Sonny Curtis plays guitar in the Crickets, which was once Buddy Holly’s band. He lives in Nashville.

Joe Ely is a singer-songwriter. He lives in Austin.

Lanny Fiel plays fiddle, guitar, and piano in the Ranch Dance Fiddle Band and teaches traditional country music to children and teenagers. He lives in Lubbock.

Jimmie Dale Gilmore is a singer-songwriter. He lives in Austin.

David Halley is a singer-songwriter. He lives in Nashville.

Butch Hancock is a singer-songwriter. He lives in Terlingua.

Charlene Hancock, the wife of Tommy X Hancock and the mother of Conni and Traci Lamar Hancock, sings and plays keyboard bass in the Texana Dames. She lives in Austin.

Conni Hancock sings and plays guitar in the Texana Dames. She lives in Austin.

Tommy X Hancock is a singer-songwriter, fiddler, and guitarist. He lives in Austin.

Traci Lamar Hancock sings and plays accordion in the Texana Dames. She lives in Austin.

Carolyn Hester is a singer-songwriter. She lives in Los Angeles.

Johnny Hughes formerly managed the Joe Ely Band. He lives in Lubbock, where he is the director of the Petroleum Land Management program at Texas Tech University.

Waylon Jennings is a singer-songwriter. He lives in Nashville.

Virgil Johnson was the lead singer and principal songwriter for the Velvets. He lives in Lubbock, where he is a deejay at KDAV-AM.

Guy Juke is an artist and plays guitar for the Cornell Hurd Band. He lives in Austin.

Bobby Keys played saxophone for, among others, the Rolling Stones, the Beatles, and Elvis Presley. He lives in Nashville.

Kenny Maines sings and plays guitar and harmonica for the Maines Brothers. He lives in Lubbock, where he is a county commissioner.

Lloyd Maines is a record producer and plays pedal steel guitar for the Maines Brothers, the Dixie Chicks, and Robert Earl Keen’s band, among others. He lives in Austin.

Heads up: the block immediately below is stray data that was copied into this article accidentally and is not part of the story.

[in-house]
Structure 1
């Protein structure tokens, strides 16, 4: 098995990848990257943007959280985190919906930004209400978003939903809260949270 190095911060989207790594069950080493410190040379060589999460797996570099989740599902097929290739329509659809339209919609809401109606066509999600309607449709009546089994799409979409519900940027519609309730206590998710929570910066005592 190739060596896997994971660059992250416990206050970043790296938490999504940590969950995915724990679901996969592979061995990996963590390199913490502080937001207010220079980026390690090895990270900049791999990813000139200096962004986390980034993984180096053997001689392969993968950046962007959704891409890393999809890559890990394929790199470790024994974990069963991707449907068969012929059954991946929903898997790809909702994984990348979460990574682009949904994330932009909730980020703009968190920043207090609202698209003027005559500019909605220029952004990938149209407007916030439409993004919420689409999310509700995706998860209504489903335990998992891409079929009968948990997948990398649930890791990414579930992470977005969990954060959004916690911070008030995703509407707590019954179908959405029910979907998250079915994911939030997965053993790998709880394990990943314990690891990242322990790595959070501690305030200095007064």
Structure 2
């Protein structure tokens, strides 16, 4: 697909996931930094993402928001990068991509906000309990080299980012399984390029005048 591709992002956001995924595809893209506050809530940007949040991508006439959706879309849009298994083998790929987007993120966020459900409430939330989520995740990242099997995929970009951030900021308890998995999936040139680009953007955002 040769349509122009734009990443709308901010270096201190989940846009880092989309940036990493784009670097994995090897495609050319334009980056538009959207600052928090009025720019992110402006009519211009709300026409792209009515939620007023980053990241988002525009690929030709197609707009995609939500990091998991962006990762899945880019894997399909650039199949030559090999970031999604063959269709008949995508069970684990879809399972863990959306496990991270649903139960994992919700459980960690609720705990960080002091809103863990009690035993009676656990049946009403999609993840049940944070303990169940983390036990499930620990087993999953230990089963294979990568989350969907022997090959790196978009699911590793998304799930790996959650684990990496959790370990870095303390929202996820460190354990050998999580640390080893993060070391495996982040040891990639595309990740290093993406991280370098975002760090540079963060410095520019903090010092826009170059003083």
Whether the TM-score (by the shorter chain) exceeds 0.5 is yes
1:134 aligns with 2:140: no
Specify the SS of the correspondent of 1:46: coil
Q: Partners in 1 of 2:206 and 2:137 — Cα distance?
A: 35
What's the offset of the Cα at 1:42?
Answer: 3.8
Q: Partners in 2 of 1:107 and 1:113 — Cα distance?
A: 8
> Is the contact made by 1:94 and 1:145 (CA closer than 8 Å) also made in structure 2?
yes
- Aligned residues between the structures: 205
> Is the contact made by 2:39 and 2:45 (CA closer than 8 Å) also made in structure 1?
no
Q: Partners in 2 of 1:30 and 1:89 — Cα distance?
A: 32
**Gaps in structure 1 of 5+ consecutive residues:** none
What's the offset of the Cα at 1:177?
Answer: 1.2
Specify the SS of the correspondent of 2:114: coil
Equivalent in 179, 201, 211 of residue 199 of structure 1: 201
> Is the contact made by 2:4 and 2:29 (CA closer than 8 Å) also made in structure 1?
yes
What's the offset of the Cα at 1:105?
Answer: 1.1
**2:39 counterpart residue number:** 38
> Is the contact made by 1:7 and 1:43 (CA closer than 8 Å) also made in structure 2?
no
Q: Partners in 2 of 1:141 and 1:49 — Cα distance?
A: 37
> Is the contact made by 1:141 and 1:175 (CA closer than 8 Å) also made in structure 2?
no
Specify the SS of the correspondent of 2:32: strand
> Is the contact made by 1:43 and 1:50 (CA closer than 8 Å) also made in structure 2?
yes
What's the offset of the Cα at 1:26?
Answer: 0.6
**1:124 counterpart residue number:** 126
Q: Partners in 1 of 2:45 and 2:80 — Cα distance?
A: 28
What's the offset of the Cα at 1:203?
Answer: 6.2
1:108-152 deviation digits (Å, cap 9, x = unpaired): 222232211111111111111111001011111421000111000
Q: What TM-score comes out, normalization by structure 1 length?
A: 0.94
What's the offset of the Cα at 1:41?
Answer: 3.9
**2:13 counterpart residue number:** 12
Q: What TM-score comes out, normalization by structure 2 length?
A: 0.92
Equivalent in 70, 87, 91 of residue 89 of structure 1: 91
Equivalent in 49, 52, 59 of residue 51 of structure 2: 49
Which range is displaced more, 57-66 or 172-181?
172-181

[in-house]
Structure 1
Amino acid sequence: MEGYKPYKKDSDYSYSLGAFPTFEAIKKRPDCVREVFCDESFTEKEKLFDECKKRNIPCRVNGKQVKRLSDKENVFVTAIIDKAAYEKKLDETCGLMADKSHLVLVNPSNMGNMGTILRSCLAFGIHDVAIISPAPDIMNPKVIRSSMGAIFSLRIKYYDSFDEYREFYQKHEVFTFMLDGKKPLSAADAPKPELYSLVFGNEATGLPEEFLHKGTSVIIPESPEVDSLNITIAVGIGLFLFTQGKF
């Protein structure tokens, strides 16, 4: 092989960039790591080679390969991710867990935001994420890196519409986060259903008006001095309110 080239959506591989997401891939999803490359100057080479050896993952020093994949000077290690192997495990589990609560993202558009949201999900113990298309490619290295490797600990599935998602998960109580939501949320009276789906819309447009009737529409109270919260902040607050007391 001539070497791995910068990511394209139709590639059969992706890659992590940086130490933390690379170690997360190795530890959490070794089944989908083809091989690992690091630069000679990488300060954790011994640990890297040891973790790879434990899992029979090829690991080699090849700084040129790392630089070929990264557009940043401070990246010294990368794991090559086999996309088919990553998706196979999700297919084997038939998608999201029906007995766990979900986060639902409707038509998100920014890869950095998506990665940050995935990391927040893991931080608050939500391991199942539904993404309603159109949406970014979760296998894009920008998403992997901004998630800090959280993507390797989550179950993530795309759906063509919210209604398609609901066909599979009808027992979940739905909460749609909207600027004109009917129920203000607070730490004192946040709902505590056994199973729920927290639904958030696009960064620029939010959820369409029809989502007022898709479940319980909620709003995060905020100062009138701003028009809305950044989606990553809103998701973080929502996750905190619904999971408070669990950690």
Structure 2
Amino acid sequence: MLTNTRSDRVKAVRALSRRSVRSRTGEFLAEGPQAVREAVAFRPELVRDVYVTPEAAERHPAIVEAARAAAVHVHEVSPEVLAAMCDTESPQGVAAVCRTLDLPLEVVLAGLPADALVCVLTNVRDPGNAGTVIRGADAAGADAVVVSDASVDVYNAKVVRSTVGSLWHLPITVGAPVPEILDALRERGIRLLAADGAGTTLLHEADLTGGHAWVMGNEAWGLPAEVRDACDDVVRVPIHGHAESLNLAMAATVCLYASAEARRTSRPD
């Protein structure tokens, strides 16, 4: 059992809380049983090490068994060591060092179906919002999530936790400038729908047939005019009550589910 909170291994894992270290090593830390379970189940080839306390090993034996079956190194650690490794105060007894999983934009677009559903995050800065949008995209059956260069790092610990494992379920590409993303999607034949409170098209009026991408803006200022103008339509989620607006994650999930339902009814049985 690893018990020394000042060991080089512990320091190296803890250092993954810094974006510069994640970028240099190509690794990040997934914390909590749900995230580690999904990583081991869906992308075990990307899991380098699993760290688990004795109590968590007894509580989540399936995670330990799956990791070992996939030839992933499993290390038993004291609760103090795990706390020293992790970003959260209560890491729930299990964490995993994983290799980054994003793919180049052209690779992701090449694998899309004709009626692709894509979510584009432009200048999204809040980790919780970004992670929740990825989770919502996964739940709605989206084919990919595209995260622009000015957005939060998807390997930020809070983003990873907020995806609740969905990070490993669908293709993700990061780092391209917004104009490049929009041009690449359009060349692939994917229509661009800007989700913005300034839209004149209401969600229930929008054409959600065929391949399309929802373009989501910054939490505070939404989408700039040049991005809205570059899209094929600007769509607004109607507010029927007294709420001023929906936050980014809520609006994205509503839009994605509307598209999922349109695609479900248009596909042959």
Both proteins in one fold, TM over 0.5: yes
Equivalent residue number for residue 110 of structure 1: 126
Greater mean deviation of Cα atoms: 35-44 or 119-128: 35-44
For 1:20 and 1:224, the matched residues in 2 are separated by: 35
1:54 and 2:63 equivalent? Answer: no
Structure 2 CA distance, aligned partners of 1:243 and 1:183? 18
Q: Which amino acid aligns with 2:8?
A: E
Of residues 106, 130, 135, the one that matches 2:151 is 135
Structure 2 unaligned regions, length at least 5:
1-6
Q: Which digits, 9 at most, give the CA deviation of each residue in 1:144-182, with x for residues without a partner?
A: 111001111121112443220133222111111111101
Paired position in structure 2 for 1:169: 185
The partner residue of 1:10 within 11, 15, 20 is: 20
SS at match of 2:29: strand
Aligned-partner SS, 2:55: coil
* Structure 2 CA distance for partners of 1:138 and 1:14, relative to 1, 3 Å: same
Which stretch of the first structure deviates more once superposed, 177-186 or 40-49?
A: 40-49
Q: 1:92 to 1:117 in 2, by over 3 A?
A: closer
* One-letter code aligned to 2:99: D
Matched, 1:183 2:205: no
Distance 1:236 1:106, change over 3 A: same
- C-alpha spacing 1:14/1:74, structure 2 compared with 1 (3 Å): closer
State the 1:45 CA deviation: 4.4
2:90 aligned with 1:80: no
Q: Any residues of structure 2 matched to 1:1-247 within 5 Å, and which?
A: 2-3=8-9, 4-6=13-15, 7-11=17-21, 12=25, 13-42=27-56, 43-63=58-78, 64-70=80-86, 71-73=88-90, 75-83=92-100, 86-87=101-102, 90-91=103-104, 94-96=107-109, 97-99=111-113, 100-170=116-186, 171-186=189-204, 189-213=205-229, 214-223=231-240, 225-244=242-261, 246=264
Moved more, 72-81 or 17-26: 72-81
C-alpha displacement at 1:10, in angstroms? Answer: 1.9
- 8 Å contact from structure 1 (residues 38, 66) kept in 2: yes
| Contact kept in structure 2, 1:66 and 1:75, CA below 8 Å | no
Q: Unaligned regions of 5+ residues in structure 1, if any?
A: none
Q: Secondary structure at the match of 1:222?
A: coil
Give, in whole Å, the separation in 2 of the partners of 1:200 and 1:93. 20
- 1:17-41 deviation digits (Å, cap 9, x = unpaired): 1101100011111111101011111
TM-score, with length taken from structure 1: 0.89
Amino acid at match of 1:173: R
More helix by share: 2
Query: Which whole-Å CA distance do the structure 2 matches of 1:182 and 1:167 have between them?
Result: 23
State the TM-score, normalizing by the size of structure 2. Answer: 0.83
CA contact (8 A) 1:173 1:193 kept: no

Steve Maines sings and plays guitar for the Maines Brothers. He lives in Lubbock, where he manages one of the state’s child support enforcement offices.

Davis McLarty was a drummer for the Joe Ely Band. He lives in Austin, where he is a booking agent for several acts, including Kelly Willis and Richard Buckner.

Delbert McClinton is a singer. He lives in Nashville.

Norman Odam is a singer-songwriter who performs as the Legendary Stardust Cowboy. He lives in San Jose, California.

Jo Carol Pierce is a singer-songwriter and a playwright. She lives in Austin.

Angela Strehli is a singer. She lives in San Francisco.

Rob Weiner has edited a book about the Grateful Dead. He lives in Lubbock, where he is a reference librarian at the Mahon Library.

You Either Go Crazy or You Play Music

Guy Juke Alien implantation of fetuses from the Lubbock Lights is my theory. Aliens, in order to enter society, go through the pregnant woman. They send their mind through that. And then Butch Hancock is born.

Davis McLarty My uncle Marvin actually saw the Lubbock Lights because he worked at the Circle Drive-In—he guarded the exit to make sure no one was sneaking in. He said they weren’t flying saucers; they were low-flying geese on one of those weird West Texas … you know the way the sky gets so